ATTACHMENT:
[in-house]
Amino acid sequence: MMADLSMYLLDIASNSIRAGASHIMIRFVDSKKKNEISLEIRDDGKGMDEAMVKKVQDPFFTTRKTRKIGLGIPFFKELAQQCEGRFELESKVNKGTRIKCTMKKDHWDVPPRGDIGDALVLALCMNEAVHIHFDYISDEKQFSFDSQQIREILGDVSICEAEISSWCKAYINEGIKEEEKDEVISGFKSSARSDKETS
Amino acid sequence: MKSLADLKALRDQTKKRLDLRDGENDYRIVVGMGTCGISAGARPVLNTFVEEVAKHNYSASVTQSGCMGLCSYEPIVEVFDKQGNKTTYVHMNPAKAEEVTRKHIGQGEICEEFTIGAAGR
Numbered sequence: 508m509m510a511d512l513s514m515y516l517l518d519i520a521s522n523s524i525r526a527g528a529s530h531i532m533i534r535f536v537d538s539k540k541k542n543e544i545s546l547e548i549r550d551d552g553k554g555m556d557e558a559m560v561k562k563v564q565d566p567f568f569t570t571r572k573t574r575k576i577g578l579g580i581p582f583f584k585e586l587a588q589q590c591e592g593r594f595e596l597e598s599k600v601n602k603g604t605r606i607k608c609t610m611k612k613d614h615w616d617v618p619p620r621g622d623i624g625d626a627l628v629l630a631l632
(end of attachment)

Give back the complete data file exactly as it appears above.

[in-house]
Amino acid sequence: MMADLSMYLLDIASNSIRAGASHIMIRFVDSKKKNEISLEIRDDGKGMDEAMVKKVQDPFFTTRKTRKIGLGIPFFKELAQQCEGRFELESKVNKGTRIKCTMKKDHWDVPPRGDIGDALVLALCMNEAVHIHFDYISDEKQFSFDSQQIREILGDVSICEAEISSWCKAYINEGIKEEEKDEVISGFKSSARSDKETS
Amino acid sequence: MKSLADLKALRDQTKKRLDLRDGENDYRIVVGMGTCGISAGARPVLNTFVEEVAKHNYSASVTQSGCMGLCSYEPIVEVFDKQGNKTTYVHMNPAKAEEVTRKHIGQGEICEEFTIGAAGR
Numbered sequence: 508m509m510a511d512l513s514m515y516l517l518d519i520a521s522n523s524i525r526a527g528a529s530h531i532m533i534r535f536v537d538s539k540k541k542n543e544i545s546l547e548i549r550d551d552g553k554g555m556d557e558a559m560v561k562k563v564q565d566p567f568f569t570t571r572k573t574r575k576i577g578l579g580i581p582f583f584k585e586l587a588q589q590c591e592g593r594f595e596l597e598s599k600v601n602k603g604t605r606i607k608c609t610m611k612k613d614h615w616d617v618p619p620r621g622d623i624g625d626a627l628v629l630a631l632